Nicholas Hytner gives us an utterly inspired take on A Midsummer Night’s Dream at the Bridge Theatre, with Gwendoline Christie in stupendous form
“Come now; what masques, what dances shall we have”
You can tell a lot about a production of A Midsummer Night’s Dream from the way it treats its Hippolyta. Possessed of so few words, her presence is nevertheless vital for setting the tone of the play and from the moment you walk into the Bridge Theatre, you just know Nicholas Hytner has got it right. This conquered queen is caged in a glass box, as if an artefact in some grotesque museum and as an impassive Gwendoline Christie fixes us with her stare, it’s a definitive commentary on the gender politics here before we’ve even started.
But even once the play starts, her power is no less unremarkable. As Hermia claims she knows not by what power she is made bold, one look at Hippolyta’s hand against the glass leaves you in no doubt of the source of her new found confidence. Small but powerful changes that set the scene perfectly for Hytner’s most striking innovation which, as it reveals itself in the following act, proved to be one of the most thrilling ways to re-infuse excitement into this oft-performed classic. Continue reading “Review: A Midsummer Night’s Dream, Bridge Theatre”
Nicholas Hytner finally directs a play by a woman but Lucinda Coxon’s adaptation of novel Alys, Always is a disappointment for me at the Bridge Theatre
“I’m going to bake a cake”
In well over 30 years of being a director, it seems scarcely credible that it is only now that Nicholas Hytner is turning his hand to directing a play written by a woman. For all of his considerable contributions to the British theatre ecology, it is a startling and sobering statistic that demonstrates the scale of the problem faced by those who would (rightfully) change the status quo.
The play in question here is Alys, Always, written by Lucinda Coxon from Harriet Lane’s 2012 novel. And it proves a serviceable psychological thriller of sorts that sits a little too cosily in the middle class-baiting madeleine-scented air of the Bridge Theatre. It is glossy and magazine-spread chic, undoubtedly shinily cast (Joanne Froggatt, Robert Glenister) but rarely essential. Continue reading “Review: Alys, Always, Bridge Theatre”
“You hunt them where they live”
There’s something interesting about a community that can simultaneously urge the need to talk constructively about failure and also gloat endlessly about the its possibility. Where the National Theatre is concerned, the stakes feel considerably heightened and following a summer that contained the divisive Salomé and Common, sadly you could almost feel the knives being sharpened in advance for Saint George and the Dragon.
Two contrasting viewpoints from two contrasting people, to be sure, but you wonder how open-minded people are being, particularly when the start to this press night was delayed by 30 minutes or so adding fuel to certain people’s fire. But all this dancing around is doing, is delaying the inevitable, in that I found Rory Mullarkey’s new play really quite tough-going and had it not been for an effortful performance from John Heffernan keeping it afloat from the front, it would have been worse. Continue reading “Review: Saint George and the Dragon, National Theatre”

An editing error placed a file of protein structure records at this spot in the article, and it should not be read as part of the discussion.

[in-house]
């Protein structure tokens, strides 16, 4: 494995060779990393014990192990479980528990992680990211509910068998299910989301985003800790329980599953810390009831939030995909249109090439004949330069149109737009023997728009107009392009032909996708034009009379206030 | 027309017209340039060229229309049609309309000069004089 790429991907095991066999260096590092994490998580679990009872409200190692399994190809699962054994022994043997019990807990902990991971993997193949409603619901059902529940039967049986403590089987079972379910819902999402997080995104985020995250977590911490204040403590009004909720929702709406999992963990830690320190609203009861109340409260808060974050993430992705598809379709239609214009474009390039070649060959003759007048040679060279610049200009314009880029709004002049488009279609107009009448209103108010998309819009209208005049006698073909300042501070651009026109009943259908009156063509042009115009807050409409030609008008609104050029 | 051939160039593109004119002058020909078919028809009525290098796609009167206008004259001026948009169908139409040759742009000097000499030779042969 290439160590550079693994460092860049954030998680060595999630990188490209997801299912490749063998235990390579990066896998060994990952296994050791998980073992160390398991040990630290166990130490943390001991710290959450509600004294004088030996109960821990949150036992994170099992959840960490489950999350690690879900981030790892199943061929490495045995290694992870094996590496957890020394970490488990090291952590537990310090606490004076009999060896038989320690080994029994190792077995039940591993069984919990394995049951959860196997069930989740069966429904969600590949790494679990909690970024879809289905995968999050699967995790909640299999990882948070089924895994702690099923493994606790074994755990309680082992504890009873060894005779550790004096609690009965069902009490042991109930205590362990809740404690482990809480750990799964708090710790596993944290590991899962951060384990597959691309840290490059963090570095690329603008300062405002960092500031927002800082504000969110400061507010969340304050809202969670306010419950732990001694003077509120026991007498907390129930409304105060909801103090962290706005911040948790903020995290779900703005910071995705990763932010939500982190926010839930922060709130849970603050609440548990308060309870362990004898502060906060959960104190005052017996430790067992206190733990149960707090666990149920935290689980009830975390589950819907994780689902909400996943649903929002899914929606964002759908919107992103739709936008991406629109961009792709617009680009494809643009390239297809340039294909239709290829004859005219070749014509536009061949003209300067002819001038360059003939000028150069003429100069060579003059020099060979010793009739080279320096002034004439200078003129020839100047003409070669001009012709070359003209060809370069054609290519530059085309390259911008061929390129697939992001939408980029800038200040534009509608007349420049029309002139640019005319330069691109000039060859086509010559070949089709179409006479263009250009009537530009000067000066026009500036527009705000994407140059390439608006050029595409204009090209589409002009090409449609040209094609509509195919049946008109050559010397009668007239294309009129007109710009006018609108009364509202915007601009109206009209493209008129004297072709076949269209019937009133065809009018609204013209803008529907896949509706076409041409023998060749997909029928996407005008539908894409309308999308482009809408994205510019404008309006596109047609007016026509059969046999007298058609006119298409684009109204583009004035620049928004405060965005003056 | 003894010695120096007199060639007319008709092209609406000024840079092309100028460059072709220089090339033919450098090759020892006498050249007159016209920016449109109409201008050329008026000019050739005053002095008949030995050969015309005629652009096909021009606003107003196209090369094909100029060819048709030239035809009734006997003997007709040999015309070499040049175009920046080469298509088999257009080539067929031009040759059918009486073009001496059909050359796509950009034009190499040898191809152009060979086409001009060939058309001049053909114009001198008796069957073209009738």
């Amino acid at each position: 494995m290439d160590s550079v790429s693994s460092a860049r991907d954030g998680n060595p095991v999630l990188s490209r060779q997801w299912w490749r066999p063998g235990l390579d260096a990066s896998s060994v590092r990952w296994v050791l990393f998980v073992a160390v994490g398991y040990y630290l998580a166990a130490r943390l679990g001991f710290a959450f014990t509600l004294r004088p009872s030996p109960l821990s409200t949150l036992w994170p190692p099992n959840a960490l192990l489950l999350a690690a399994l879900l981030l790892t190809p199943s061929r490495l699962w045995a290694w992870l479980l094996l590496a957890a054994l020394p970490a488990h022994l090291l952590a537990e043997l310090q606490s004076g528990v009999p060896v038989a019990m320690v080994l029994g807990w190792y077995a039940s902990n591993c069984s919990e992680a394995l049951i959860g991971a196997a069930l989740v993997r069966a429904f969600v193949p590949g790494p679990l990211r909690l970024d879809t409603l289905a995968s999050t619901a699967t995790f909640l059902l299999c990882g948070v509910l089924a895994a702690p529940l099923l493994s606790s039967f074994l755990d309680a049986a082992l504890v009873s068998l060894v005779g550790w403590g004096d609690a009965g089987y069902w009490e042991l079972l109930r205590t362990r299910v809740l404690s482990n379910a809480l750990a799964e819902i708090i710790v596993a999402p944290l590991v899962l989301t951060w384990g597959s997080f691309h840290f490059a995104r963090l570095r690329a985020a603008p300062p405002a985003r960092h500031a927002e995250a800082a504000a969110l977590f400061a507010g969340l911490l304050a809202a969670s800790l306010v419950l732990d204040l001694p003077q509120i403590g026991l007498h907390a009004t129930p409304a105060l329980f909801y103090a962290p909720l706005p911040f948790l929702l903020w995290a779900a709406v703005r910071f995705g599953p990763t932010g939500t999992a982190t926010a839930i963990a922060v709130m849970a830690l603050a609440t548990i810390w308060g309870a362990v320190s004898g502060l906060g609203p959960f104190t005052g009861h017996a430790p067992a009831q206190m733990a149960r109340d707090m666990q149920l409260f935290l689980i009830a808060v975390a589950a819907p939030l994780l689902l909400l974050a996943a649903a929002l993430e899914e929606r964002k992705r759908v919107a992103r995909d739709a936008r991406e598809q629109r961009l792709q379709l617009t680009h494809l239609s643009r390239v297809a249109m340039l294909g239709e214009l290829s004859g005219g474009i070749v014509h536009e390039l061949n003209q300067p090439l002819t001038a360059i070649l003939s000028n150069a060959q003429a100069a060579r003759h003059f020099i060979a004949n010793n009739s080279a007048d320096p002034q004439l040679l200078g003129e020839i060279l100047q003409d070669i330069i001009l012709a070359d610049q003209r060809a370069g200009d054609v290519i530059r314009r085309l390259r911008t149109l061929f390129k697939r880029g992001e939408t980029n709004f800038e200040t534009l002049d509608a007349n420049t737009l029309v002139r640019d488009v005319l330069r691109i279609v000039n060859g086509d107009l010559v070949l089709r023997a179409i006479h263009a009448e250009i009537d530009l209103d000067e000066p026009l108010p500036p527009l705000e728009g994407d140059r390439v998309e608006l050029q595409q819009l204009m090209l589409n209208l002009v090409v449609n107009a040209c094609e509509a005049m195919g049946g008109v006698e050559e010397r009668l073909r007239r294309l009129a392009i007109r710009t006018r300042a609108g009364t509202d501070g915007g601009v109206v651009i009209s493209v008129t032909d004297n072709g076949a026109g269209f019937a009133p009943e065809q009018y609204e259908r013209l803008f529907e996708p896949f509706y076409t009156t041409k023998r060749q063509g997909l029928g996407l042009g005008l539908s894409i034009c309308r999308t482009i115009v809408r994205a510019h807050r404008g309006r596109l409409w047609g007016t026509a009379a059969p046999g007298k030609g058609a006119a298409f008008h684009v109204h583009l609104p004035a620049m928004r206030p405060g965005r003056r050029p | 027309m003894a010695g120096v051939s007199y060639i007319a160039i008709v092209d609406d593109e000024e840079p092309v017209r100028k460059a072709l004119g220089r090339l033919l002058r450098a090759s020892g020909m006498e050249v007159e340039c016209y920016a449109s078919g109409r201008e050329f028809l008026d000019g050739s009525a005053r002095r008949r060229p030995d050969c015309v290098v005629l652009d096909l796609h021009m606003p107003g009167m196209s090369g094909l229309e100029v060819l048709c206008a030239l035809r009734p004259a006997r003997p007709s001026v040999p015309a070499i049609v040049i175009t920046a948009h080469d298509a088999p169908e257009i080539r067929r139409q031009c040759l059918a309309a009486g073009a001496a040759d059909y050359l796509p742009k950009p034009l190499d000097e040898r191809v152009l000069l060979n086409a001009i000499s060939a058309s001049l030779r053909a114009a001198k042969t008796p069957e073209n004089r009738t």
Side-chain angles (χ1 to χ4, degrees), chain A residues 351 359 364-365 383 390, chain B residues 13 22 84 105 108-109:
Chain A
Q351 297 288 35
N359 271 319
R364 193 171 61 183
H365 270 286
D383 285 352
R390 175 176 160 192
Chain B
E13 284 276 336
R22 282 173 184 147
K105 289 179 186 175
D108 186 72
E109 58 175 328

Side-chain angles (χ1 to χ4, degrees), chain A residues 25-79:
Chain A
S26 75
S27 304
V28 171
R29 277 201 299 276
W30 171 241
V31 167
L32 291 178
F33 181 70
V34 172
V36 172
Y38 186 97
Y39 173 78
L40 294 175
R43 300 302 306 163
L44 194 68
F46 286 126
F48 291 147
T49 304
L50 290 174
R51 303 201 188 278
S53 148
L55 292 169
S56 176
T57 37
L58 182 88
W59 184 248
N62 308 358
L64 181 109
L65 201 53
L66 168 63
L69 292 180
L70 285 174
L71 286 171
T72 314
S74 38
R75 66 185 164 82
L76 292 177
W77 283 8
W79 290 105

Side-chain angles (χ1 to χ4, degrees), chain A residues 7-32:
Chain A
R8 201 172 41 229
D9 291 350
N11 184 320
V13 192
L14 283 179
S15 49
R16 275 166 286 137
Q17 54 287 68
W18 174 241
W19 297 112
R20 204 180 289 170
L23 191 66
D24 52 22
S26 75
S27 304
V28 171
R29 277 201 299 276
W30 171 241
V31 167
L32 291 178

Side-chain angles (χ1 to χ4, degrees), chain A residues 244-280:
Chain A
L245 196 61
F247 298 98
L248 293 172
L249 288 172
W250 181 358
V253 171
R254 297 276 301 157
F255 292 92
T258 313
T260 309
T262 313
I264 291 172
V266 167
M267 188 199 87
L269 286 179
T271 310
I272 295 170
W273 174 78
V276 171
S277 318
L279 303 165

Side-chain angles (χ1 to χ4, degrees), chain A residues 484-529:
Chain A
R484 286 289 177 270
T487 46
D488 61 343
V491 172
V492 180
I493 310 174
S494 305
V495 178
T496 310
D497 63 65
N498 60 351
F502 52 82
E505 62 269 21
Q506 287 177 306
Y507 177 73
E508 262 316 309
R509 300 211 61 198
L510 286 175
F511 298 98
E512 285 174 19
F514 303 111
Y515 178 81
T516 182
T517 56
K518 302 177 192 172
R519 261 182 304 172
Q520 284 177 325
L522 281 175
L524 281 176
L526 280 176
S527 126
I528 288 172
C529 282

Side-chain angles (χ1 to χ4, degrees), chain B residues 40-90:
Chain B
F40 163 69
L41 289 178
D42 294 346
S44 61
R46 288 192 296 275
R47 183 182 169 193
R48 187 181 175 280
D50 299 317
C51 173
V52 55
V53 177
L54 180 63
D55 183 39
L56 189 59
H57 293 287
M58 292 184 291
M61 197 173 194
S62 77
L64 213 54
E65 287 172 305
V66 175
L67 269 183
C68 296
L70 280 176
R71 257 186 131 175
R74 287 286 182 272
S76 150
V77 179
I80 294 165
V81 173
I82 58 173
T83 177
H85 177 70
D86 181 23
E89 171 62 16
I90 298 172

A village. A dragon. A damsel in distress.
Into the story walks George: wandering knight, freedom fighter, enemy of tyrants the world over. One epic battle later and a nation is born. As the village grows into a town, and the town into a city, the myth of Saint George, which once brought a people together, threatens to divide them. Rory Mullarkey creates a new folk tale for an uneasy nation.
Continue reading “Full cast announced for Saint George and the Dragon”
“It’s been fun hitchin’ up with a psycho like you”
Caroline Sheen is one of those performers you feel ought to be better known, having starred in some pretty major shows throughout her career yet never quite managing that breakthrough moment – no matter, she’s thus one of British musical theatre’s secret pleasures. Her debut album Raise the Curtain saw her capitalise a little on her bigger gigs – Mary Poppins, The Witches of Eastwick – but it also pleasingly gives plenty of airtime to new musical theatre writing too.
In fact there’s no less than 5 tracks which received their first ever recordings here, Sheen opting to use her talent to really shine a light on the contemporary scene, showcasing the music she clearly loves. So the likes of innovative composer Conor Mitchell gets his striking ‘What Did You Want From Love?‘ featured, Richard Taylor (now represented in the West End with The Go-Between) gets a beautiful song called ‘Higher’ on there, so too Grant Olding with ‘Carrie Makes A Decision’ from his show Three Sides. Continue reading “Album Review: Caroline Sheen – Raise the Curtain (2010)”